Bowhead whales come to Cumberland Sound in Nunavut to exfoliate

11/24/2017
They encourage us to buy various brushes, cleansers and different cosmetic products to refresh our skin every now and then. But did you know that whales have an exfoliation ritual which maintains their skin and keeps it fresh? Moreover, these majestic sea giants have realized how to do it for free.
Google 'smooth skin' and you'll find over 170 million results with articles about how to exfoliate and products and tools to buy to slough off dead skin. But it's not just humans that exfoliate, researcher Sarah Fortune discovered that bowhead whales in Cumberland Sound, Canada, use a cluster of large ...
It was an innocent invasion of privacy when Canadian researchers stumbled upon an exclusive retreat for whales — and caught some bowheads that, they determined, were exfoliating their skin in the waters off Nunavut. The discovery, described in a study published Thursday in the journal Plos One, ...
For close to two centuries, bowhead whales have been observed rubbing against large boulders in the summer, but it wasn't exactly clear why. Thanks to a new study, it can now be confirmed that this is the whales' way of exfoliating, or getting rid of skin that may be dead or damaged from exposure to ...
Aerial drone footage of bowhead whales in Canada's Arctic has revealed that the large mammals molt and use rocks to rub off dead skin. The footage provides one answer to the mystery of why whales return to Cumberland Sound, Nunavut, every summer, and helps explain some unusual behavior that ...
11/23/2017
In August 2014, marine ecologist Sarah Fortune was trying to tag bowhead whales with transmitters so she could study their feeding habits in ...
Marine biologists from the University of British Columbia happened to be in the region filming the whales with an aerial drone. They had come to find out more about their hunting but, for a paper in the journal Plos One, they wrote that instead they saw unusual swimming patterns. “This was an incidental ...
As a good dermatologist will tell you, proper exfoliation can be a crucial part of any skincare routine. There are innumerable brushes, cleansers and other tools that promise to sweep away dead cells, leaving skin softer and silkier. Humans pay through the nose for it, too. Bowhead whales, on the other ...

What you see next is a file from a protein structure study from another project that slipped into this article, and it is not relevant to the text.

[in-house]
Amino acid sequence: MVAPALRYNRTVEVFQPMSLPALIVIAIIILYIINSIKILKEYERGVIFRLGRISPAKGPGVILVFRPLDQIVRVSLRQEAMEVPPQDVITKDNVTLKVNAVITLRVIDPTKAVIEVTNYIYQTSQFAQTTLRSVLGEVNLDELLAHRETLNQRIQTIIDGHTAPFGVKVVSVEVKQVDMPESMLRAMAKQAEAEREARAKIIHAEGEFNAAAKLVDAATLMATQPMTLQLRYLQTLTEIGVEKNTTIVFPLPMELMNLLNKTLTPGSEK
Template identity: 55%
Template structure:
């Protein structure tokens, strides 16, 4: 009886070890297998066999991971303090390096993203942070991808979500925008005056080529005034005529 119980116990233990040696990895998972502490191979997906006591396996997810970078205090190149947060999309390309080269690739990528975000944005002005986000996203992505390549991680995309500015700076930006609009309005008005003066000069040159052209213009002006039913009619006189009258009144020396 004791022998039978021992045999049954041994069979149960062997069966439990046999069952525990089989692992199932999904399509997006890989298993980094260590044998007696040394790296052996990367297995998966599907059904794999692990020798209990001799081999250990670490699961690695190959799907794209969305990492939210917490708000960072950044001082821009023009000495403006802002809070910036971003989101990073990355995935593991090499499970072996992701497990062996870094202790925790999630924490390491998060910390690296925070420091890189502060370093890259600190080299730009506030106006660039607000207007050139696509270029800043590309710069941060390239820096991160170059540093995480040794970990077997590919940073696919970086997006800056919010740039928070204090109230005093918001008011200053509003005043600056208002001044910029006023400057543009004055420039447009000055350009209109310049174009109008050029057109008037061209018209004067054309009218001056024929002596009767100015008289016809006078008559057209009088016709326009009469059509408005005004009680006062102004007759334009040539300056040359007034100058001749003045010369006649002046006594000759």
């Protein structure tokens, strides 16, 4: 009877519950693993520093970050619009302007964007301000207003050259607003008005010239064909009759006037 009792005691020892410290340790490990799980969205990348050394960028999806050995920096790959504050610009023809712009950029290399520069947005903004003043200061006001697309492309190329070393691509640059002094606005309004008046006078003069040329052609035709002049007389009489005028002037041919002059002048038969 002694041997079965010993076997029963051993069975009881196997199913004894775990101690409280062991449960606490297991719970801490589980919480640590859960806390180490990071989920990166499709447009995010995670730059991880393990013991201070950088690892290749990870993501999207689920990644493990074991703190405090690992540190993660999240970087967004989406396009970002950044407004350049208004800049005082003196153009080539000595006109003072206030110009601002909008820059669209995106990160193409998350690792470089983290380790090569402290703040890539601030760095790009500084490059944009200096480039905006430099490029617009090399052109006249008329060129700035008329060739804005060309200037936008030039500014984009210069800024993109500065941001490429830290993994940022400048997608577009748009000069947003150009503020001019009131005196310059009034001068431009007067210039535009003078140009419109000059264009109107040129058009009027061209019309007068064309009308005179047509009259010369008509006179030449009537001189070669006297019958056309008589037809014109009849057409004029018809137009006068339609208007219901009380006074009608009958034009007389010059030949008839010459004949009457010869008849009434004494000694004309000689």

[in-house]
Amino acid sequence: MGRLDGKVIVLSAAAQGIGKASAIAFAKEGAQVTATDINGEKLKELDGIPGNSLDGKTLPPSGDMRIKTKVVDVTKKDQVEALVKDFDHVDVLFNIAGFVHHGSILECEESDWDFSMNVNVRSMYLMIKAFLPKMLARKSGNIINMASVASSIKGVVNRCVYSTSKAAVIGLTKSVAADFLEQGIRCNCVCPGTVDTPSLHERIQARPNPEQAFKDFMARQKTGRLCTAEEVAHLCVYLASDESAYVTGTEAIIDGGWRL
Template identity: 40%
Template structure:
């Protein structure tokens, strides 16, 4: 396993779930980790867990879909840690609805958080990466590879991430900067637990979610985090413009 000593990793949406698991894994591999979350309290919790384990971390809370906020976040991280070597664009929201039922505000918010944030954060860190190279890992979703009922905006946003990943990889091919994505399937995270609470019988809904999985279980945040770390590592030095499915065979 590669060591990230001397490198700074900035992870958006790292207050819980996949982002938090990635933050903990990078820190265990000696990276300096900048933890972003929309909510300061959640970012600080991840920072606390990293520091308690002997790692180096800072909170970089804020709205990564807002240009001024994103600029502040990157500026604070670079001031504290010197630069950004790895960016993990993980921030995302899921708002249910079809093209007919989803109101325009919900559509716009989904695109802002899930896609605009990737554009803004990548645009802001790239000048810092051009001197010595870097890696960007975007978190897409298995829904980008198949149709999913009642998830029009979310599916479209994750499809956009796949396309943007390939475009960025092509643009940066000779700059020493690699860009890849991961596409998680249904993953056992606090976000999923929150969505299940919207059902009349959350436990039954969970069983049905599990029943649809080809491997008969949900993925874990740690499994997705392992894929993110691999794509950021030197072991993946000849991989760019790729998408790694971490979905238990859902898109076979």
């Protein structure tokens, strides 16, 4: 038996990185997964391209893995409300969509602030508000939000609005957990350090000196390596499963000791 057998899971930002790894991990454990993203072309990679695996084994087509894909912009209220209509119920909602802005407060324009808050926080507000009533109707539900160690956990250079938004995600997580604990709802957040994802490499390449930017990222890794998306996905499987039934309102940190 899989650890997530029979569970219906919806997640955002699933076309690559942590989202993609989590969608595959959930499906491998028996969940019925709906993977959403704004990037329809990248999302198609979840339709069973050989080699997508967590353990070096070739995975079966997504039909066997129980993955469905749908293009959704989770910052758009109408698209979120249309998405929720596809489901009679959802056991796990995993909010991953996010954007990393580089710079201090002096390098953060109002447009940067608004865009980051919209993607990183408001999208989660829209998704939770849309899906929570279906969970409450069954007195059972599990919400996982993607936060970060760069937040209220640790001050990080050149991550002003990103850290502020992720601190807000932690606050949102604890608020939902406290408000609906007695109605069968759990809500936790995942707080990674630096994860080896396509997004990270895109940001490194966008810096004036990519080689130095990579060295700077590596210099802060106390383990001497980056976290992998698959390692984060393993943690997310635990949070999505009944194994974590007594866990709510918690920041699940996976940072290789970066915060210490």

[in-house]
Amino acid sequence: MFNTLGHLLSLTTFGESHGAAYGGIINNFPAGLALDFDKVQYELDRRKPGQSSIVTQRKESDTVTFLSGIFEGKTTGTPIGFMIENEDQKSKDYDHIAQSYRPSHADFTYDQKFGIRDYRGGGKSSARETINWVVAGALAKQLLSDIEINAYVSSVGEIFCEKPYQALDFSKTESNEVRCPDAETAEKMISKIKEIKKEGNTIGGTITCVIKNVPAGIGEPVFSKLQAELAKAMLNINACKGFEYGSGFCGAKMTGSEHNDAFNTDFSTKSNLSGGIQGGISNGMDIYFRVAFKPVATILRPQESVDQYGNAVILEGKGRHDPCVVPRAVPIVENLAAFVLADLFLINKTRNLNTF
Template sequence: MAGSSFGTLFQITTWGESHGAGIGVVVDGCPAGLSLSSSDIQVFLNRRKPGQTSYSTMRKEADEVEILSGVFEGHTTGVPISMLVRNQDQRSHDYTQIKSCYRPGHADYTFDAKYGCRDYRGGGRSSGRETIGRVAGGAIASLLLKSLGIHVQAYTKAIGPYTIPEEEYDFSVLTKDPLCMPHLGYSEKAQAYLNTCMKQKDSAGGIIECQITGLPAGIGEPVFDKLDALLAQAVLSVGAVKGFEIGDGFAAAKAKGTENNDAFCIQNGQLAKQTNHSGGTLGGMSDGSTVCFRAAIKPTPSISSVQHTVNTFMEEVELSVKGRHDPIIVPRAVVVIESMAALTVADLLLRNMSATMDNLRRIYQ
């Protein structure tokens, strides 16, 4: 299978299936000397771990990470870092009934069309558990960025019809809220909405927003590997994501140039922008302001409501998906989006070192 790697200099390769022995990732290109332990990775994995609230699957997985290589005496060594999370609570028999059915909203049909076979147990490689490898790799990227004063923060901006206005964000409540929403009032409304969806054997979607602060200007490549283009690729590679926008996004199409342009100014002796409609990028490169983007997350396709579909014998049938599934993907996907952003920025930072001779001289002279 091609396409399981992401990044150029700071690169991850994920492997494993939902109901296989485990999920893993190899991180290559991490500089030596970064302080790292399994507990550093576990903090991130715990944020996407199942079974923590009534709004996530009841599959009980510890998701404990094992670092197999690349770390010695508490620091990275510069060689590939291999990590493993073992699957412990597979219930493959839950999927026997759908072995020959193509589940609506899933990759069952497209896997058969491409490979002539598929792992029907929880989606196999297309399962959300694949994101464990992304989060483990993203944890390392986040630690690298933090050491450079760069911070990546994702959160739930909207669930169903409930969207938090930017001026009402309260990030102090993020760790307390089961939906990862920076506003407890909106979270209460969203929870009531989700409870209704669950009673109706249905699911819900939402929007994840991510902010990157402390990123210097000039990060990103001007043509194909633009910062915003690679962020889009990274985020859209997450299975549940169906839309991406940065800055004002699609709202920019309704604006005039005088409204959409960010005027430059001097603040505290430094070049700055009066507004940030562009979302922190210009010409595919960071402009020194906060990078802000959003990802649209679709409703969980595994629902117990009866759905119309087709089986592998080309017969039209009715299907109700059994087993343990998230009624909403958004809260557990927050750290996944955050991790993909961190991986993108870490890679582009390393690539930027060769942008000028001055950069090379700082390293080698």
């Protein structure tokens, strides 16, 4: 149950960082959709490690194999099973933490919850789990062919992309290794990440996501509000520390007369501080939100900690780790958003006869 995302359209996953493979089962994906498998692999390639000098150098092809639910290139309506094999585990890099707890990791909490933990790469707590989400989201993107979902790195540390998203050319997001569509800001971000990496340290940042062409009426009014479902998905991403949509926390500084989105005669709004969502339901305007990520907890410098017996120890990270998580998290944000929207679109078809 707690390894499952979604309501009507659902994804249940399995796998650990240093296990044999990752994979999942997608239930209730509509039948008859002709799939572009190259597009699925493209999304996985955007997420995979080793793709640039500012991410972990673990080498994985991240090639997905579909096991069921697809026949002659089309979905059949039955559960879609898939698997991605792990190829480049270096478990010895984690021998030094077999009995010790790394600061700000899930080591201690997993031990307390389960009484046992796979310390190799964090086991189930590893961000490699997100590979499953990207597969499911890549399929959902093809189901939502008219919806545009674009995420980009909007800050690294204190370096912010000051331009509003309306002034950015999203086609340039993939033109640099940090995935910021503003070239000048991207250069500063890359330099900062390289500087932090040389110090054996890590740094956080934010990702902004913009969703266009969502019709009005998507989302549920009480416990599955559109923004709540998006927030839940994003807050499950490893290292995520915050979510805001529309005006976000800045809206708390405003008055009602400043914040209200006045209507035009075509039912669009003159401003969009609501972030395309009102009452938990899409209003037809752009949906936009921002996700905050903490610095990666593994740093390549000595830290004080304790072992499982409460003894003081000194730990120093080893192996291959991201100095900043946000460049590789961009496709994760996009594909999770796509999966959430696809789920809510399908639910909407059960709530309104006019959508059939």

Arctic bowhead whales travel to warm water fiords in order to give themselves exfoliating treatments, drone footage has revealed. Skin-shedding is common among whales, dolphins and porpoises, but doubt has existed about whether this is true of Arctic species such as beluga, narwhal and bowhead ...
One of the reasons why the bowhead whales make their way to Cumberland Sound, Nunavut, during the summer is now cleared up, and it's thanks in part to drones. From the look of things, these marine mammals have chosen the Canadian Arctic as their go-to place to remove their molted dead skin or, ...
As oceans change, relatively large-bodied, fatty Arctic crustaceans known as zooplankton ¾ the preferred prey of bowhead whales ¾ could move to new habitats further north while smaller-bodied, temperate species that are lower in energy are likely to dominate the waters. Scientists don't know how ...
11/22/2017
Off the coast of northern Canada, on the very edge of the Arctic Circle, there is a bay where whales gather. Each summer bowhead whales come here ...
Just like we use pumice stones to scrape dead skin off cracked heels during pedicures, bowhead whales may be using boulders at the bottom of the ...
Most whales, dolphins and porpoises are thought to shed and replace their skin continuously. However, this may not be true of Arctic species — including beluga whales, narwhal and bowhead whales — that seasonally occupy warmer waters such as estuaries and fiords. Beluga whales and likely ...
Fortune was watching the whales' behaviour from a boat. She was with colleagues, including William Koski, a whale biologist with LGL Limited, and ...
For a bowhead whale stretching up to 20 meters long and weighing as much as 75 tonnes in Canada's Arctic, the question is what to do about it.
Whales travel to the Canadian Arctic each year for a spot of exfoliation, reveals new research. The study shows that bowhead whales molt and rub on ...
Drone footage captures Bowhead whale in the Cumberland sound in Nunavut. Using the drone, researchers learned that the bowhead whale moults ...
IMAGE: Example of an animal with nearly no sloughing skin (i.e., proportion of body with sloughing skin = <33%) (A) and another bowhead whale with ...
In August 2014, Sarah Fortune was trying to tag bowhead whales with transmitters so she could study their feeding habits in Canada's Cumberland ...
When you're 60 feet (18m) long and have flippers rather than hands, it can be hard to scratch an itch. But bowhead whales have solved the problem ...
Example of an animal with nearly no sloughing skin (i.e., proportion of body with sloughing skin = <33%) (A) and another bowhead whale with a high ...
Then, she saw a group of eight bowhead whales rubbing their bodies against the large boulders. Using aerial drones to watch the whales, she saw ...
They may be over ten times larger than the average human, but it seems that bowhead whales love to be pampered just as much as we do.

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